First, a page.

▪ The Trinity doctrine is defined this way, although there are many variations: “Three divine Persons (the Father, the Son, the Holy Ghost), each said to be eternal, each said to be almighty, none greater or less than another, each said to be God, and yet together being but one God.” Is this a Bible teaching?
Matthew 28:19 is usually cited to prove the doctrine. The text from the King James Version quotes Jesus: “Go ye therefore, and teach all nations, baptizing them in the name of the Father, and of the Son, and of the Holy Ghost.” True, the Father, the Son, and the holy ghost (or spirit) are all mentioned in this text. However, nothing is said about their being one. Jesus was commissioning his Jewish followers to teach and baptize people in the name of the Father, the Son, and the holy spirit. As a nation, what did the Jews believe?
When the nation of Israel received the Law covenant, which forms part of the Bible, they were commanded: “You must never have any other gods against my face.” (Deuteronomy 5:7) How many persons were speaking here? Without any confusion, Deuteronomy 6:4 reads: “Listen, O Israel: Jehovah our God is one Jehovah”—not three in one. Israel had just been liberated from Egypt, where Osiris, Isis, and Horus (shown at left)—one of a number of triads of gods—were worshipped. Therefore, Israel was commanded to worship just one God. How important was it for people to understand this command? According to Dr. J. H. Hertz, a rabbi: “This sublime pronouncement of absolute monotheism was a declaration of war against all polytheism . . . The Shema excludes the trinity of the Christian creed as a violation of the Unity of God.”*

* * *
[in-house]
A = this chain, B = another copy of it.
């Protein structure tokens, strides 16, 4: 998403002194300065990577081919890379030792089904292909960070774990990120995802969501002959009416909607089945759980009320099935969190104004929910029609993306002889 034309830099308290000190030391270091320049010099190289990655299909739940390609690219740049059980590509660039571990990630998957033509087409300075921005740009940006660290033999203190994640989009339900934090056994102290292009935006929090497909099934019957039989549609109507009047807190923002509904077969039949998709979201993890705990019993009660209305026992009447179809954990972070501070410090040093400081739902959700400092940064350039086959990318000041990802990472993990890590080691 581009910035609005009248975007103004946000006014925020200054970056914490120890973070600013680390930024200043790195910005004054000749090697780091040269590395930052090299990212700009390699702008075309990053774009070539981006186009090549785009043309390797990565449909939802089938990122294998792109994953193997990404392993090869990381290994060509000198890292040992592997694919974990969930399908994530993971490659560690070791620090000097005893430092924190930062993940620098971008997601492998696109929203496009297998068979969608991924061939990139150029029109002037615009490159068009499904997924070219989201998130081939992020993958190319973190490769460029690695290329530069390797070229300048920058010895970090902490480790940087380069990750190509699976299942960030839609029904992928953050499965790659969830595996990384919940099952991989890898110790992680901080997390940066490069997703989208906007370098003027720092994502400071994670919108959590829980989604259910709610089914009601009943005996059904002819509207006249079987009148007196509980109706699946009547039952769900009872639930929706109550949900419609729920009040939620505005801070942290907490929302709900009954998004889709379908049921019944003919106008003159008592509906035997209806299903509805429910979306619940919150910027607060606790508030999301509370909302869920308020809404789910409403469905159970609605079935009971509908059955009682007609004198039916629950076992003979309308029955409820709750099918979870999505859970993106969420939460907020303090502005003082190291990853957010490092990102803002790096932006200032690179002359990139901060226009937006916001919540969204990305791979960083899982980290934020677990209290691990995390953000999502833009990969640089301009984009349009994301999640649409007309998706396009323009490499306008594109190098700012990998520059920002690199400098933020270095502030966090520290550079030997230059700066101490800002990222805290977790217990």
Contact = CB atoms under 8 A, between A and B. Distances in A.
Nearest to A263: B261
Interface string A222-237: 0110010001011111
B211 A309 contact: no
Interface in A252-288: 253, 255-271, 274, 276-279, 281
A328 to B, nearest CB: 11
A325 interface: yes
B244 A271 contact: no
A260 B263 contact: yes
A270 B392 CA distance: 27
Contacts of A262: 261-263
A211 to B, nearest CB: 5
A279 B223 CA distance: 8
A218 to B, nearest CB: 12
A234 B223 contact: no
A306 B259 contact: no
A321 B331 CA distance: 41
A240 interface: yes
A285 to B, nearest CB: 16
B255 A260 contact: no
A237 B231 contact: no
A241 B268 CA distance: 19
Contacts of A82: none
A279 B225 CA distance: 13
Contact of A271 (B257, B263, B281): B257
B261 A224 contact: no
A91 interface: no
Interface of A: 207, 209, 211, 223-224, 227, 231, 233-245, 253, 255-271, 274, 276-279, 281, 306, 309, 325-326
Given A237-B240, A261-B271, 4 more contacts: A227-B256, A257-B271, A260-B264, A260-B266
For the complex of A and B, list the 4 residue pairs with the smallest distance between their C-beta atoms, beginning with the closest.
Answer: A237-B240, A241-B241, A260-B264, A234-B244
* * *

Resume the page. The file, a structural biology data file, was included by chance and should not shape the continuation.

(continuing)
Since Jesus was a Jew by birth, he was instructed to follow this same command. After his baptism, when tempted by the Devil, he said: “Go away, Satan! For it is written, ‘It is Jehovah your God you must worship, and it is to him alone you must render sacred service.’” (Matthew 4:10; Deuteronomy 6:13) We can learn at least two things from this incident. First, Satan was trying to entice Jesus to worship someone other than Jehovah, an attempt that would have been absurd if Jesus were part of the same God. Second, Jesus made it clear that there is just one God who must be worshipped when he said “him alone,” not “us,” which he would have said if he were part of a Trinity.
When people come to an accurate knowledge of God and want to serve him, they are baptized “in the name of the Father and of the Son and of the holy spirit.” (Matthew 28:19) They understand and accept the authority of Jehovah and the role of Jesus Christ in the outworking of Jehovah’s purpose. (Psalm 83:18; Matthew 28:18) They also comprehend the function and activity of God’s holy spirit, which is his active force.—Genesis 1:2; Galatians 5:22, 23; 2 Peter 1:21.
The Trinity doctrine has confused people for centuries. On the other hand, Jesus enlightened his followers and directed them to “the only true God,” Jehovah.—John 17:3.
The confession of the oneness of God as expressed in the Shema, a prayer based on Deuteronomy 6:4, forms a central part of synagogue worship.
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Musée du Louvre, Paris